- The Washington Times - Tuesday, February 5, 2002

The nomination of Washington lawyer Miguel Estrada as the first Hispanic jurist on the U.S. Court of Appeals for the D.C. Circuit continues to be delayed by Senate Judiciary Committee Democrats because of what Republicans say are unfounded accusations by a former top aide to Attorney General Janet Reno.
Former Deputy Solicitor General Paul Bender has publicly opposed the nomination, criticizing Mr. Estrada's qualifications and judicial temperament. This has become the mantra not only of committee Democrats but also of several liberal groups and others seeking to block the appointment.
Mr. Bender, known at the Justice Department as the "political deputy," said during a recent interview that Mr. Estrada was "too much of an ideologue to be an appellate judge you could not count on him to be fair or neutral I could not rely on his written work as a neutral statement of the law."
Those comments almost immediately found their way onto Internet sites and into fliers from several liberal groups and others opposed to the Estrada nomination. The Alliance for Justice referred to Mr. Bender on its Web site, saying, "Some who know Mr. Estrada have expressed concern about his ability to hear cases fairly."
The National Organization for Women, also citing Mr. Bender, said Mr. Estrada's "ability to listen with an open mind to different points of view" has been questioned.
But Mr. Bender's specific concerns over the Estrada nomination and his judicial qualifications remain unclear, although they have been extensively investigated by the American Bar Association and the National Hispanic Bar Association. Democrats have declined to elaborate on why the nomination has been held.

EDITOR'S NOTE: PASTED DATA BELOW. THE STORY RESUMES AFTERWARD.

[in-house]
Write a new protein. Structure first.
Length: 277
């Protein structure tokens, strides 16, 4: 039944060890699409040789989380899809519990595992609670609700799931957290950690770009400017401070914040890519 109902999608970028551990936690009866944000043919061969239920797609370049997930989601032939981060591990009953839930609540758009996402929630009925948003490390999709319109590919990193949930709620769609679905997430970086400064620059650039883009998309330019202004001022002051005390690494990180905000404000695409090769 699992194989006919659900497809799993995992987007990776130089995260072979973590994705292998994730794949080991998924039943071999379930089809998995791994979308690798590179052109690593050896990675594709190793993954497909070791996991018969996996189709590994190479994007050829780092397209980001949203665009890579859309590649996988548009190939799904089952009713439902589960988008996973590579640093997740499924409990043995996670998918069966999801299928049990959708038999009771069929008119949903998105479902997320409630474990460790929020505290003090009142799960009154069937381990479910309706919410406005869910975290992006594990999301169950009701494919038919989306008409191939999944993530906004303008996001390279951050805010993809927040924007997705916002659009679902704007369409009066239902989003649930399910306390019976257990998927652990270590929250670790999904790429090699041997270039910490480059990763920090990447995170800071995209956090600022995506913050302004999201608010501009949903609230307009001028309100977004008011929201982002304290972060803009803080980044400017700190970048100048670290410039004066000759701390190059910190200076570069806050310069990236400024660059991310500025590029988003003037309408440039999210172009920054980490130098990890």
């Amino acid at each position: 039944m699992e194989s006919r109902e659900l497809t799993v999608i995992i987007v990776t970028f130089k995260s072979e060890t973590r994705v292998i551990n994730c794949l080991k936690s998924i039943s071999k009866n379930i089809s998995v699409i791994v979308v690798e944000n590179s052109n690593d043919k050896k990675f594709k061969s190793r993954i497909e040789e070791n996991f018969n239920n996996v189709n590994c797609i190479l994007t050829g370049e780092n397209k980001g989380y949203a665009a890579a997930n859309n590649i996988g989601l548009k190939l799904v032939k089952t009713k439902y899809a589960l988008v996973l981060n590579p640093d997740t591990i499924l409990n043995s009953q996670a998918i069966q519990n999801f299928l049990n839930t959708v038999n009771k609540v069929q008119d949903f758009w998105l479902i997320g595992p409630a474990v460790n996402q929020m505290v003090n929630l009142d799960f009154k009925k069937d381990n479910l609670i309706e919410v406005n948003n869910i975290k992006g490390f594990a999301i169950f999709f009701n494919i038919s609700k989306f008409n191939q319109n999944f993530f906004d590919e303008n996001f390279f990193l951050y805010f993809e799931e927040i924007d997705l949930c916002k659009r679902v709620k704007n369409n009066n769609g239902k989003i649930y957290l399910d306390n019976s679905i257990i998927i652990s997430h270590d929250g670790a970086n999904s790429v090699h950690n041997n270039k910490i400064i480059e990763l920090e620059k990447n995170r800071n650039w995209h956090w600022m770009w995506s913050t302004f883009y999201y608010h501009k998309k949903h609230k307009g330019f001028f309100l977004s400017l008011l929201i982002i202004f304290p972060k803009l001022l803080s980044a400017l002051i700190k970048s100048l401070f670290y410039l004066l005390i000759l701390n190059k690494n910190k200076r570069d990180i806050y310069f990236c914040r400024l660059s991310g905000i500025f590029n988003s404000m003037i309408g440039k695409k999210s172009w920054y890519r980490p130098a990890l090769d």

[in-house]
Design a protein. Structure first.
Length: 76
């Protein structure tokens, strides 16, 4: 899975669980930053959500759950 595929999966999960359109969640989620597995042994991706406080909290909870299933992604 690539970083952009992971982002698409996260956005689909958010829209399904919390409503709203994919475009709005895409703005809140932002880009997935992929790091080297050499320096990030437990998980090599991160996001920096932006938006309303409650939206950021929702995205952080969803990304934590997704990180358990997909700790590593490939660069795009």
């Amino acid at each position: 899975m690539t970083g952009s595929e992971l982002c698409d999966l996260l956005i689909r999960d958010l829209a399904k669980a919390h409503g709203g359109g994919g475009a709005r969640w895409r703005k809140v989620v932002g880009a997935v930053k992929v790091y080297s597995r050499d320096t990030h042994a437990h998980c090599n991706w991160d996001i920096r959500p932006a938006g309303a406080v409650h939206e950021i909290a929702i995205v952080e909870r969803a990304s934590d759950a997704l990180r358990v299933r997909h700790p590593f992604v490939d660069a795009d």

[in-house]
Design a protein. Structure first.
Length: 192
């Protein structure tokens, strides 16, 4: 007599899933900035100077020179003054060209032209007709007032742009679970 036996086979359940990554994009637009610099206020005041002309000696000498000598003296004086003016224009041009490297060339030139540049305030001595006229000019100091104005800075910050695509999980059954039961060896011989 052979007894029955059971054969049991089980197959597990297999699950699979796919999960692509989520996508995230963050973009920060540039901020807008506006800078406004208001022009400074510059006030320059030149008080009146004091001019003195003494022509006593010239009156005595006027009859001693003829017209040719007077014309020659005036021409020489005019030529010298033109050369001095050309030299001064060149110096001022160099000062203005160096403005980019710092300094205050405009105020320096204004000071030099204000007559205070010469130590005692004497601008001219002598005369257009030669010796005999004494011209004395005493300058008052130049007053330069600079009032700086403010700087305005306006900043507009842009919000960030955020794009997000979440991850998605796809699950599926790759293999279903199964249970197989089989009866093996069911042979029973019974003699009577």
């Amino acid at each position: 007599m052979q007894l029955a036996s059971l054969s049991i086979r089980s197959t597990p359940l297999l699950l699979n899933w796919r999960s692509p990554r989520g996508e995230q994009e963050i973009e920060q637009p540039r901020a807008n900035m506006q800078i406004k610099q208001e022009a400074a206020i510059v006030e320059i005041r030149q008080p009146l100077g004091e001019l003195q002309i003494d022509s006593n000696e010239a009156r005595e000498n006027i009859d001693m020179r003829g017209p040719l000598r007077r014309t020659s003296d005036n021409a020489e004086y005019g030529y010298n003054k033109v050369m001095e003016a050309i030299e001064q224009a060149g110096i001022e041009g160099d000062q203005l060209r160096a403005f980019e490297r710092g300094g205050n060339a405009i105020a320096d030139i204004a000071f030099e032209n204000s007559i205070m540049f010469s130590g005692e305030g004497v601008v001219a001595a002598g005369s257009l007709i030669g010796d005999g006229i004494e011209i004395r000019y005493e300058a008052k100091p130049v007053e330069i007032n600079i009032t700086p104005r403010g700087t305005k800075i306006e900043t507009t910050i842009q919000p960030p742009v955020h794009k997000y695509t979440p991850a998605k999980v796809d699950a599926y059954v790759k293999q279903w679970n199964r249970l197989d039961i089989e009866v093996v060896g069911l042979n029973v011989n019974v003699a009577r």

Mr. Bender, now a professor at Arizona State University, did not return calls to his office for comment.
The American Bar Association, with a membership of 400,000, gave Mr. Estrada its highest rating of "well qualified" after an investigation into his background and experience. A source close to the ABA probe said the inquiry included a "thorough review" of Mr. Bender's concerns.
Boston lawyer Roscoe Trimmier Jr., chairman of the ABA's standing committee on the federal judiciary, said the rating was approved by a unanimous vote, but he declined comment on any aspect of the investigation.
The National Hispanic Bar Association, with 25,000 members, also voted to ratify the nomination. NHBA President Angel Gomez said that while the organization's inquiry was covered by privacy concerns, "I can tell you that after an extensive review of Mr. Estrada's record and his qualifications, he was ratified for endorsement by the board of governors."
A source familiar with the NHBA probe said investigators also reviewed Mr. Bender's concerns, but, like the ABA, voted to ratify his nomination.
Ronald A. Klain, former Clinton White House associate counsel and Justice Department lawyer who later served as Vice President Al Gore's chief of staff, also has endorsed Mr. Estrada's nomination. In a letter to Sen. Patrick J. Leahy, Vermont Democrat and Judiciary Committee chairman, he called Mr. Estrada "an outstanding candidate who merits confirmation."
Mr. Estrada, 40, a partner at the Washington law firm of Gibson Dunn & Crutcher, declined to comment on the nomination.
Meanwhile, Mr. Bender has come under fire by Republicans who have described his efforts against Mr. Estrada as a "one-man borking campaign," referring to the defeat by Democrats of Supreme Court nominee Robert Bork. Since that October 1987 vote, the word "borking" has come to mean discrediting someone with false accusations.
Mr. Bender, however, is no stranger to issues that incite contentious debate. He was publicly rebuked over his efforts to overturn the country's child pornography laws reprimanded by the Senate in a 100-0 vote and by President Clinton, who blocked his efforts to liberalize anti-smut statutes outlined in the Child Protection Act of 1984.

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